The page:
Hollywood May Welcome a Joe Biden Candidacy, But Fundraisers Back Hillary Clinton
Some politicos in the industry say they still want "a real field" of presidential candidates to choose from.
If vice president Joe Biden decides to challenge Hillary Clinton for the Democratic presidential nomination — and that’s a big if — some of liberal Hollywood might welcome the choice, but the industry’s major fundraisers and donors aren’t likely to abandon the former first lady.
Nearly all of those big givers already have committed to Clinton and made seven-figure contributions to her campaign effort. Biden, political strategist Lara Bergthold told The Hollywood Reporter, never “had a huge fundraising base in Hollywood to start with, and HRC has gotten a huge head start.”
Still, it’s probably fair to say that most of Democratic Hollywood holds Biden in the same affectionate regard as the party’s liberal mainstream, which respects him as one of the party’s “stand up guys” and admires his social liberalism and moderate foreign policy savvy.
He was, for example, out front of President Barack Obama on marriage equality and is a strong supporter of Israel. It’s hard to find Democrats in town who don’t like Biden, but maybe harder to find many who’d prefer him to Clinton at this moment. A Biden campaign obviously would lack the emotional cachet of electing the first woman chief executive.
Tennis Channel CEO Ken Solomon, one of Obama's top fundraisers, speculated that the vice president “actually might” get some traction in Hollywood only because “there’s still the thought that we need choices and a real field to choose from.”
That would be doubly true, in the rare chance that Clinton's run is upended by some unforeseen catastrophic scandal, Biden would be the natural figure to whom the party mainstream could turn.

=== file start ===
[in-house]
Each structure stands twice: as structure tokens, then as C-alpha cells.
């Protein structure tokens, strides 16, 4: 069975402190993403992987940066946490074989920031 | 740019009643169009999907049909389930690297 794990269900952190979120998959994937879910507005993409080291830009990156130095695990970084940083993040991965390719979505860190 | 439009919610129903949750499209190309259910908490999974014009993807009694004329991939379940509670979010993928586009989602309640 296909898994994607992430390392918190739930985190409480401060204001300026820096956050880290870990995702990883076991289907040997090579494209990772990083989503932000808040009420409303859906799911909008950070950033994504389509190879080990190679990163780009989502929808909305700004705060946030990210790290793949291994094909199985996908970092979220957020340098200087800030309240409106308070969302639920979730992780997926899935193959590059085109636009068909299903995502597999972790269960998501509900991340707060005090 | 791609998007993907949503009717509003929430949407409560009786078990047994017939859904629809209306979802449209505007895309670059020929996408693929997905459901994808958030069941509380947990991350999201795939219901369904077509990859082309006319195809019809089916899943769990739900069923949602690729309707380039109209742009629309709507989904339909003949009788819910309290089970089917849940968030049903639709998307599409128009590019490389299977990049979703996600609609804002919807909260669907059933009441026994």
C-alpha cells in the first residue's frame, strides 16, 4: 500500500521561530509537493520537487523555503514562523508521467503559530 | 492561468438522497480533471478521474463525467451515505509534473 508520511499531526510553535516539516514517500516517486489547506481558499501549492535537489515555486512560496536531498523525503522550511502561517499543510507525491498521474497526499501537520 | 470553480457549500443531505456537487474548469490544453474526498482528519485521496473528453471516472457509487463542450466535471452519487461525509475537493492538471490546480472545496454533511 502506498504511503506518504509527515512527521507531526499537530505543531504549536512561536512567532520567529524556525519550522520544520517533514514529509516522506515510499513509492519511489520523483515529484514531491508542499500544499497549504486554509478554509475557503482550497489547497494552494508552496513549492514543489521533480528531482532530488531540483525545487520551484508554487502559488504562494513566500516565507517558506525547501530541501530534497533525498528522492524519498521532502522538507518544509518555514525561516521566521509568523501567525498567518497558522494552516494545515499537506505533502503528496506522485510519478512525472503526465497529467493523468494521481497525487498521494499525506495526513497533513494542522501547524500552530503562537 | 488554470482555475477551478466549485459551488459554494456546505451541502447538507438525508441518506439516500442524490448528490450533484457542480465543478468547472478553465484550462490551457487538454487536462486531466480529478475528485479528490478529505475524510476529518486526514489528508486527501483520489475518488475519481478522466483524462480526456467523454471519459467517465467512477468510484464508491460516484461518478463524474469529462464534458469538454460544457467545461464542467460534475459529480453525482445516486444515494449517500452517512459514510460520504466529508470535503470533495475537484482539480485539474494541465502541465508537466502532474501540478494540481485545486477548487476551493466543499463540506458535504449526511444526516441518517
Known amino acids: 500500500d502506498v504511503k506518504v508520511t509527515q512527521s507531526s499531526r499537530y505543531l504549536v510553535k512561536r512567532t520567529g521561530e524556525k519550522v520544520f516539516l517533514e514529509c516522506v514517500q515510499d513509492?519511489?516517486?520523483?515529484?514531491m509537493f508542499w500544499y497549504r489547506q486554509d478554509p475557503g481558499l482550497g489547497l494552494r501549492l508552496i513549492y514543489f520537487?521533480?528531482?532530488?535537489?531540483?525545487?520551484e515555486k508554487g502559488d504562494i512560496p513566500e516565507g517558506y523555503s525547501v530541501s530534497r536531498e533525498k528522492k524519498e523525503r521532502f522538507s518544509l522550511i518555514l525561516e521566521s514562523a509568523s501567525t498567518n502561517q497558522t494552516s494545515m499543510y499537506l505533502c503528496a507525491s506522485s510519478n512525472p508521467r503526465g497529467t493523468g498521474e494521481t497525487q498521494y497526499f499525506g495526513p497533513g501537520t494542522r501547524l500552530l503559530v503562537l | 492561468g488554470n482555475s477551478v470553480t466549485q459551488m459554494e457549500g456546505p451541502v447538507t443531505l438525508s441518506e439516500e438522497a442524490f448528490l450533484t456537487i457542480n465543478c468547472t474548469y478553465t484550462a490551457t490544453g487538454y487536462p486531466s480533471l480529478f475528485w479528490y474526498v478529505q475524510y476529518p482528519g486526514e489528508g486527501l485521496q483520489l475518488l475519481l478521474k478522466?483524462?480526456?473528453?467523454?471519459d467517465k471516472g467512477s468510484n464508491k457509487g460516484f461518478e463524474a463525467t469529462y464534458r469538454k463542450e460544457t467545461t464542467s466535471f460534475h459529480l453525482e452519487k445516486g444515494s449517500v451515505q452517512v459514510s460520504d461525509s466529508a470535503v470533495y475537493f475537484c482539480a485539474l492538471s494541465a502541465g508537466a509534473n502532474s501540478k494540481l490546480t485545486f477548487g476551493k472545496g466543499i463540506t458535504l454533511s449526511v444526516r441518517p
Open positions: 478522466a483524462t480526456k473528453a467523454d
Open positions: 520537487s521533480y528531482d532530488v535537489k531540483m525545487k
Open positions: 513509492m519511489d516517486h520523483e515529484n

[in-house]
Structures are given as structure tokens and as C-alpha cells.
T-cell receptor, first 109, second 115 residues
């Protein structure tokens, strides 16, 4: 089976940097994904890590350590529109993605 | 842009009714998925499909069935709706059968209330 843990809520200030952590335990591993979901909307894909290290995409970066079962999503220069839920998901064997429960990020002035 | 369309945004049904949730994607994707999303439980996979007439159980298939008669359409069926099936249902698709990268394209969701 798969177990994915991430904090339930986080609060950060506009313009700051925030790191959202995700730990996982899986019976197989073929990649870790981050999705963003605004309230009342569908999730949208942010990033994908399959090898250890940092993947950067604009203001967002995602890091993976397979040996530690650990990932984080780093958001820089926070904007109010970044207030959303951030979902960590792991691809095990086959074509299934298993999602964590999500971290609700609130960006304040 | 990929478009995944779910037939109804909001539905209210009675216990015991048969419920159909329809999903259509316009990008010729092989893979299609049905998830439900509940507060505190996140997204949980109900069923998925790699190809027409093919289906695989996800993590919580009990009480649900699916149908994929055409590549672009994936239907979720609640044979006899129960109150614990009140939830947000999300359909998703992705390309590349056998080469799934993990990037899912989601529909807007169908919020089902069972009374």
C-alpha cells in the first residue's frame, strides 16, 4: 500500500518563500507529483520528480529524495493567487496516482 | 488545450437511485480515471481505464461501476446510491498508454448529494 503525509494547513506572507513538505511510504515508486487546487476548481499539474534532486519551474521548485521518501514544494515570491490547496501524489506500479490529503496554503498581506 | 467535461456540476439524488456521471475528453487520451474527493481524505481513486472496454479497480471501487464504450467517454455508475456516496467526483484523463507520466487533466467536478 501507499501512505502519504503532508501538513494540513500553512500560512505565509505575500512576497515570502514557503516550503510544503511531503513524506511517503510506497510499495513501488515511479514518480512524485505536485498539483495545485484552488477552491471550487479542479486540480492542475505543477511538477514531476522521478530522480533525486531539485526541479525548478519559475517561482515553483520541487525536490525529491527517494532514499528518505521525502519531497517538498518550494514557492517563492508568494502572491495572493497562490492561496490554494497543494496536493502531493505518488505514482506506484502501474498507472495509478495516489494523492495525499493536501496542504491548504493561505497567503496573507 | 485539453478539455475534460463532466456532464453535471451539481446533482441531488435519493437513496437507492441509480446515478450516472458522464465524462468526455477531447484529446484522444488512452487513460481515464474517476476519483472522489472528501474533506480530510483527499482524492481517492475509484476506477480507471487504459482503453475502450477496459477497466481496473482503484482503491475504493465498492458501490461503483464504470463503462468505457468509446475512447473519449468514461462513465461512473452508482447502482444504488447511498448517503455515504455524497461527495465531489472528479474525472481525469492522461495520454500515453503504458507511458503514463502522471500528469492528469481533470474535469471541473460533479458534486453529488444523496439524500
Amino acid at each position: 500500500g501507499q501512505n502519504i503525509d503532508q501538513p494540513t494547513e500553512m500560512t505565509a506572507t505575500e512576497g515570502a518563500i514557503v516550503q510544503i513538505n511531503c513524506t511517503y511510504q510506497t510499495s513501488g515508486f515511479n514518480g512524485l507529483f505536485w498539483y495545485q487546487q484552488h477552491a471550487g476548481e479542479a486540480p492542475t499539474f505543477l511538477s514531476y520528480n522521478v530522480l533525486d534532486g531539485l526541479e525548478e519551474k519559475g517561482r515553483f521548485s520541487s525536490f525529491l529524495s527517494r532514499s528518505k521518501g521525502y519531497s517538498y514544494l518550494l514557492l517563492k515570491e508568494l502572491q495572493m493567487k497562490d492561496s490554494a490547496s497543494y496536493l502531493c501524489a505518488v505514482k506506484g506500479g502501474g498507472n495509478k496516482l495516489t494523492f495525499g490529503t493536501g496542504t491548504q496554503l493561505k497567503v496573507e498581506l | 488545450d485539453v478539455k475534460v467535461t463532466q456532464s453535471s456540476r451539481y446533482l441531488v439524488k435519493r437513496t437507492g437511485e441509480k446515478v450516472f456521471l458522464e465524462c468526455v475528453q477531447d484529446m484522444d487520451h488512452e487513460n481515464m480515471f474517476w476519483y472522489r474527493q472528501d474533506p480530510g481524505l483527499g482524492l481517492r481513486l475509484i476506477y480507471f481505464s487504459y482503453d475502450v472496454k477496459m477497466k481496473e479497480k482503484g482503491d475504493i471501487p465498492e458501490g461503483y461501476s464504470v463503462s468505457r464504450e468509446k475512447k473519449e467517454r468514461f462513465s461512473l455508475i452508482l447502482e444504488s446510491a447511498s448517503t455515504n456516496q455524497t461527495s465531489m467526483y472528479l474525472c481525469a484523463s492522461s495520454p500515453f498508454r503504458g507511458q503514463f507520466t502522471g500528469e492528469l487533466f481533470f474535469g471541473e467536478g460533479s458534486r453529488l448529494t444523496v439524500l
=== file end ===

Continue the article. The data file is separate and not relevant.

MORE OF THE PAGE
Barring that, however, most of the speculation about a Biden candidacy appears to have as much to do with the press corps’ boredom with the Democratic race as it does with the vice president’s actual ambitions.
The notion of Biden running first surfaced over the weekend in a column by Maureen Dowd, a consistent Clinton antagonist. According to Dowd, Biden has been quietly consulting friends and former contributors about a run for the nomination.
By her account, the vice president was moved to begin these consultations by a death bed request from his 43-year-old son, Beau, who recently succumbed to brain cancer. All the other reports on a possible Biden run were far less emphatic and relied mainly on sources both tentative and anonymous. If the vice president does make a decision, they said, it will be sometime in September.
The response from Clinton’s campaign has been mannerly and muted. As one aide put it, Biden “is a respected leader of the Democratic Party and has every right to run for president if he wants to.” Jennifer Palmieri, Clinton’s communications director told Bloomberg News in an email: “We are not going to have any comment on Biden stories except I love the guy!”
Criticizing a Biden candidacy based on a dying son’s last wish does raise delicate political questions. So, too, does Obama’s regard for the vice president’s loyalty and effectiveness. The president has called his selection of the former Delaware senator as his running mate, “the best political decision I ever made.” As a former colleague of Biden’s in the Obama administration, taking issue with that would be awkward for Clinton.
Some of the most analytic campaign observers doubt it ever will come to that. On his FiveThirtyEight website, super pollster Nate Silver wrote Monday that “the problem for Biden is that ... the Democratic Party has already decided in favor of Clinton. As measured by her level of endorsements Clinton has more support at this stage of the primary campaign than any Democrat in the modern era.
“Rank-and-file Democratic voters love Clinton too,” Silver added. “Her favorability ratings within her party range from 75% to 85%, depending on the poll ... Oh, and Clinton has raised $68 million.”
If he were to run, though, most national polls show his beating any of the prospective Republican nominees, even though — at 72 — he would be the oldest man ever to swear the oath of office.